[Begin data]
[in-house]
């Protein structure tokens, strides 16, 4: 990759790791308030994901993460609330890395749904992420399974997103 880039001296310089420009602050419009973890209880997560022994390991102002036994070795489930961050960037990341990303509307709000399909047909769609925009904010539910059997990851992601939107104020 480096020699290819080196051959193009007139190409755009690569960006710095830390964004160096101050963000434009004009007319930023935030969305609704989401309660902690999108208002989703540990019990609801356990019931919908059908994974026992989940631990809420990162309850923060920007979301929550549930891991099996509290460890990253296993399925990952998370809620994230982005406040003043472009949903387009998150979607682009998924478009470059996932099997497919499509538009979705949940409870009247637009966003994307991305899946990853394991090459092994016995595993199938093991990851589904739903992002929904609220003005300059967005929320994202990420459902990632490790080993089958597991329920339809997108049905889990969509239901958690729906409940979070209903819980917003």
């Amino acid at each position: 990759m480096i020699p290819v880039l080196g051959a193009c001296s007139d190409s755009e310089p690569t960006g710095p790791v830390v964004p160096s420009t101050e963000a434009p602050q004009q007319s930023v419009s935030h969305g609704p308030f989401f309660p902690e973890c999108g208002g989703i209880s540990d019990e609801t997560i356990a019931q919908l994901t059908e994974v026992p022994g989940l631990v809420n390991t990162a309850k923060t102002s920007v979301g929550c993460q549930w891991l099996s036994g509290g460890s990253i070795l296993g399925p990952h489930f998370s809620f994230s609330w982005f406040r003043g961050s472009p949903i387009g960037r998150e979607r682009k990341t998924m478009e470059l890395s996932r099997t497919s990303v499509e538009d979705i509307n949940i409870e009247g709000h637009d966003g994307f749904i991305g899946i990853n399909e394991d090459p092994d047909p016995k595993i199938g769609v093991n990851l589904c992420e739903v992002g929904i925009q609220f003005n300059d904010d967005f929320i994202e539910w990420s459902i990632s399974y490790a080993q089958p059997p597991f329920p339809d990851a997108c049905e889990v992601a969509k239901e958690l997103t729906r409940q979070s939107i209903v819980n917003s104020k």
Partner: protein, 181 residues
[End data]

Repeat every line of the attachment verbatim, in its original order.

[in-house]
């Protein structure tokens, strides 16, 4: 990759790791308030994901993460609330890395749904992420399974997103 880039001296310089420009602050419009973890209880997560022994390991102002036994070795489930961050960037990341990303509307709000399909047909769609925009904010539910059997990851992601939107104020 480096020699290819080196051959193009007139190409755009690569960006710095830390964004160096101050963000434009004009007319930023935030969305609704989401309660902690999108208002989703540990019990609801356990019931919908059908994974026992989940631990809420990162309850923060920007979301929550549930891991099996509290460890990253296993399925990952998370809620994230982005406040003043472009949903387009998150979607682009998924478009470059996932099997497919499509538009979705949940409870009247637009966003994307991305899946990853394991090459092994016995595993199938093991990851589904739903992002929904609220003005300059967005929320994202990420459902990632490790080993089958597991329920339809997108049905889990969509239901958690729906409940979070209903819980917003």
């Amino acid at each position: 990759m480096i020699p290819v880039l080196g051959a193009c001296s007139d190409s755009e310089p690569t960006g710095p790791v830390v964004p160096s420009t101050e963000a434009p602050q004009q007319s930023v419009s935030h969305g609704p308030f989401f309660p902690e973890c999108g208002g989703i209880s540990d019990e609801t997560i356990a019931q919908l994901t059908e994974v026992p022994g989940l631990v809420n390991t990162a309850k923060t102002s920007v979301g929550c993460q549930w891991l099996s036994g509290g460890s990253i070795l296993g399925p990952h489930f998370s809620f994230s609330w982005f406040r003043g961050s472009p949903i387009g960037r998150e979607r682009k990341t998924m478009e470059l890395s996932r099997t497919s990303v499509e538009d979705i509307n949940i409870e009247g709000h637009d966003g994307f749904i991305g899946i990853n399909e394991d090459p092994d047909p016995k595993i199938g769609v093991n990851l589904c992420e739903v992002g929904i925009q609220f003005n300059d904010d967005f929320i994202e539910w990420s459902i990632s399974y490790a080993q089958p059997p597991f329920p339809d990851a997108c049905e889990v992601a969509k239901e958690l997103t729906r409940q979070s939107i209903v819980n917003s104020k």
Partner: protein, 181 residues